IMPACT INVESTING INITIATIVE STRATEGY OVERVIEW Delivering social change at scale will require more capital than philanthropy and public resources can provide. While almost all of the trillions of dollars of assets around the world remain tied up in investments that seek only to maximize financial returns, a relatively small but rapidly growing industry is emerging that could unlock enough of thisinvestment capital to complement philanthropy in addressing pressing social challenges. This industry, called “impact investing,” is comprised of investors seeking to generate both financial return and social and/or environmental value—while at a minimum returning capital, and, in many cases, offering market-rate returns or better. Despite, and sometimes because of, a proliferation of activity,the impact investing industry stands at a delicate moment. On one hand, structural forces around the world are gathering to bolster the industry’s development, despite the recent market disruptions and economic contraction in much of the world. Wealth is increasingly concentrated in the hands of people attracted to private-sector solutions to social problems at the same time that a new generation ofentrepreneurs is launching viable ventures across an array of geographies and sectors that address social challenges. On the other hand, the nascent industry remains beset by inefficiencies and distortions that currently limit its impact in the areas of the Rockefeller Foundation’s strategic focus and threaten its future trajectory. Lack of coordination hampers collaboration to build theinfrastructure the industry needs to flourish. Intermediation—the placement of money between investors and the businesses and projects that can use it productively—is generally sub-scale and specifically embryonic in sub-sectors of impact investing such as public health and agriculture. And basic market infrastructure and the investment ecosystem necessary to identify, vet, and monitor investmentsefficiently are missing. The Rockefeller Foundation believes that the lack of intermediation capacity and leadership to generate collective action is currently the binding constraint on expanded investment. The Foundation’s Impact Investing initiative seeks to catalyze the leadership the emerging industry needs at this crucial stage in its development to build the intermediation capacity and investinginfrastructure that can unlock the industry’s impact. In support of this objective, the initiative focuses on four primary change levers outlined below CHANGE LEVERS • Incubating platforms for collective action. The impact investing industry is currently inefficient, with duplication in some areas and gaps in others, as innovation occurs through uncoordinated activity responding to investorinterest. Developing effective mechanisms for disseminating standards, sharing information, and collaborating on deals will be crucial. Among other things, this lever focuses its support for coordination and collective action on the development of a Global Impact Investing Network, which serves as a membership organization for a select but diverse group of impact investors, including pension funds, familyoffices, private banks, and foundations. The network is the vehicle through which these investors and intermediaries can launch initiatives, such as an independent standards-setting body, and ultimately undertake advocacy and marketing.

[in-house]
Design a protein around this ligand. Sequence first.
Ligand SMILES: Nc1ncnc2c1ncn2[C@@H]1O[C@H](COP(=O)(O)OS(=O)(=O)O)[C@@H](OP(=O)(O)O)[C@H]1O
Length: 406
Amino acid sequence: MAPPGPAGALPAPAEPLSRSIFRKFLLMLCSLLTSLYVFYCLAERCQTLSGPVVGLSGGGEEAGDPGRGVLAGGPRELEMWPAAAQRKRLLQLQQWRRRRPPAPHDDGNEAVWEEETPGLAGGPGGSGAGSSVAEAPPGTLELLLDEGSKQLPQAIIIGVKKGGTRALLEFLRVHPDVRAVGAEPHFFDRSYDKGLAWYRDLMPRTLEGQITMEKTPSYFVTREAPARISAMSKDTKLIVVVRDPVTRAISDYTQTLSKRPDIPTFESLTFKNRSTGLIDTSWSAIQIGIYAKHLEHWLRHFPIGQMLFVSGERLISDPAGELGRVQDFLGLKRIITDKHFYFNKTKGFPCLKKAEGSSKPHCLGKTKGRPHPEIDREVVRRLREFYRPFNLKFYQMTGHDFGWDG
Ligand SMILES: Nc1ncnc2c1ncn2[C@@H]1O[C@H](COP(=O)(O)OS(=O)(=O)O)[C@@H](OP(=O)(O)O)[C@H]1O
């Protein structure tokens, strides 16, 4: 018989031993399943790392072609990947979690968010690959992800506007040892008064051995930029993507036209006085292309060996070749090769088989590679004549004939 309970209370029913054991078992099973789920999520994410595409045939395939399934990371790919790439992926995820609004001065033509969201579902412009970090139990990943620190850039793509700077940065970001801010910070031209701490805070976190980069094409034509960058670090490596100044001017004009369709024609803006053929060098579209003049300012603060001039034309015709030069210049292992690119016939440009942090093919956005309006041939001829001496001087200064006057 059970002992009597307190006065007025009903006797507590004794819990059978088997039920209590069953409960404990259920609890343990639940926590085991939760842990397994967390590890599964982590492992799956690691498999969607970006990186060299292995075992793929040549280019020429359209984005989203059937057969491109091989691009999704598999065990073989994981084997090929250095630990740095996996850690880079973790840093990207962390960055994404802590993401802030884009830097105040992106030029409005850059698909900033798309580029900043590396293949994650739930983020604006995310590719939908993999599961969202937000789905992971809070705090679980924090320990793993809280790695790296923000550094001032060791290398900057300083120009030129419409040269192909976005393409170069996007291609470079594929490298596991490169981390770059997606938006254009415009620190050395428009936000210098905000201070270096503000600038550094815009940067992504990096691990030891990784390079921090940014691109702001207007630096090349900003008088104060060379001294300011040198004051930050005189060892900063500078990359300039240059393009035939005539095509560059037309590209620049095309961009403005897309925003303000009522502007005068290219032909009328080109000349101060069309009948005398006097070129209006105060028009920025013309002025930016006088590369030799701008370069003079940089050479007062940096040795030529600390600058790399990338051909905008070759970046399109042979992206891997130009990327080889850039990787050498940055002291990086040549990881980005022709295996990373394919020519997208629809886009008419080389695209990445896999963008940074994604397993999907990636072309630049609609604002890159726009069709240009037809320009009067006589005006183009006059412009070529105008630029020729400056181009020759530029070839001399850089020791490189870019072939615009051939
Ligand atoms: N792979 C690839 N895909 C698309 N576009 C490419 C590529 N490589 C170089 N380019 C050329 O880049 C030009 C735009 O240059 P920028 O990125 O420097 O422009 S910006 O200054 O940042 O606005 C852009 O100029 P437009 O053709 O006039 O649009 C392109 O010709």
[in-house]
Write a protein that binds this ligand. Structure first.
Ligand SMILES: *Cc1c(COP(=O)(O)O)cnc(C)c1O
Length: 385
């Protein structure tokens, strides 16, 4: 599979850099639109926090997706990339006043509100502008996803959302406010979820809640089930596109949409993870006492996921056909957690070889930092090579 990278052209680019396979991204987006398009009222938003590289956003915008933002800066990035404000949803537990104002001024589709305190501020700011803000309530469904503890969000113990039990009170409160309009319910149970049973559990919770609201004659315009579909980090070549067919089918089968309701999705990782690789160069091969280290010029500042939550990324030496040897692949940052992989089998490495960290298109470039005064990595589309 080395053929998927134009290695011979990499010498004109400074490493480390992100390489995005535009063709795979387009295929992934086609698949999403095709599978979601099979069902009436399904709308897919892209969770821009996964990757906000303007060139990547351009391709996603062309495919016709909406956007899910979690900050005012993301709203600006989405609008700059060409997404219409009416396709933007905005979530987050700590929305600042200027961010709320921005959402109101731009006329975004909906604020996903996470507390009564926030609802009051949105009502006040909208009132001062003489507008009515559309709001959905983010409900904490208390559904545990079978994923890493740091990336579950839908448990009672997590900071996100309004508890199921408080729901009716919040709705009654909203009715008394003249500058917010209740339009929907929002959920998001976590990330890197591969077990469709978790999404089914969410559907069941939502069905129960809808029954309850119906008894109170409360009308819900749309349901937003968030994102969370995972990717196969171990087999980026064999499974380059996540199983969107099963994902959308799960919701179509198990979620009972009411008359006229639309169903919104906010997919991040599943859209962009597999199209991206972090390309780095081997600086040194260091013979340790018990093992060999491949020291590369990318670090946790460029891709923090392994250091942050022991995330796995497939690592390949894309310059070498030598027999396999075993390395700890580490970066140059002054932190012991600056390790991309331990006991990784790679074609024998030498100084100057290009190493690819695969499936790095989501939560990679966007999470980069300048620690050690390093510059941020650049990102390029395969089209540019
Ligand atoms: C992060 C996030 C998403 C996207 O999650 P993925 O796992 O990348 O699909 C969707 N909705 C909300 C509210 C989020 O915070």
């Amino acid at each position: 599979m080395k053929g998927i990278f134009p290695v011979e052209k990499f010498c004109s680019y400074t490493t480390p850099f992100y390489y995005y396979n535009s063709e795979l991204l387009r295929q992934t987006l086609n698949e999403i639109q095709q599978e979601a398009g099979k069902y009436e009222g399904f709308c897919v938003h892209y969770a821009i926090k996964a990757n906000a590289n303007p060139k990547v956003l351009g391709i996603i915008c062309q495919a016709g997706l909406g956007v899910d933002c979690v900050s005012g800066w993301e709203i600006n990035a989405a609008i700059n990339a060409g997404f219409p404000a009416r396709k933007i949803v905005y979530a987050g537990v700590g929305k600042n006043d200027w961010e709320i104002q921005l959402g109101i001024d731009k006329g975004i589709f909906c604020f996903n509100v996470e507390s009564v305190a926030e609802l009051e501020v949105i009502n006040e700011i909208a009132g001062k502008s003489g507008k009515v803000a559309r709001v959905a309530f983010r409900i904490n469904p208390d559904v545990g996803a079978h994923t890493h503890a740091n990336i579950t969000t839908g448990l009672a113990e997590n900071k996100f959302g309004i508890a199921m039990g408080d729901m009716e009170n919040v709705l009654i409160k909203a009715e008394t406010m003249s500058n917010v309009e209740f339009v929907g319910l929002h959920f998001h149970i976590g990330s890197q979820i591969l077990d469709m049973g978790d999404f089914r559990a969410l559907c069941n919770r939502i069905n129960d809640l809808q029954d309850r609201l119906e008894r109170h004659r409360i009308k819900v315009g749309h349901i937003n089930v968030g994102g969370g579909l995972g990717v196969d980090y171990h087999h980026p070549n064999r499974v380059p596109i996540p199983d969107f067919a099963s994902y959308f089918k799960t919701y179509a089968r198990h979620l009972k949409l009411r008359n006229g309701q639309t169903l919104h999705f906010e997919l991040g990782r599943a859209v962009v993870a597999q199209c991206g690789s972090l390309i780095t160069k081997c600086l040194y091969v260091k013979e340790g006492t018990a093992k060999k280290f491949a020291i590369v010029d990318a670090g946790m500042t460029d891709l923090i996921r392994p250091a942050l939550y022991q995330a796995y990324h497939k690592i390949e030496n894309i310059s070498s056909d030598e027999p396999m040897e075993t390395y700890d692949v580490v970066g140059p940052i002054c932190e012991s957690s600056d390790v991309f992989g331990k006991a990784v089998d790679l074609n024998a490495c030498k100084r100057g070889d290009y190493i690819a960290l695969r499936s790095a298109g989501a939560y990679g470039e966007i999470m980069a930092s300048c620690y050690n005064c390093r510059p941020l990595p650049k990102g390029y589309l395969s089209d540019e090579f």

Initiative in Execution: Impact Investing Update
Supporting the development of intermediation vehicles. The history of microfinance and U.S.low-income housing development investments, as well as the evolution of mainstream capital markets, demonstrates the centrality of intermediation capabilities in unlocking investment flows. The Rockefeller Foundation believes that substantial latent investment capital will flow once intermediation develops to help place it, so the Foundation: (1) supports investment vehicles that channel funds to...
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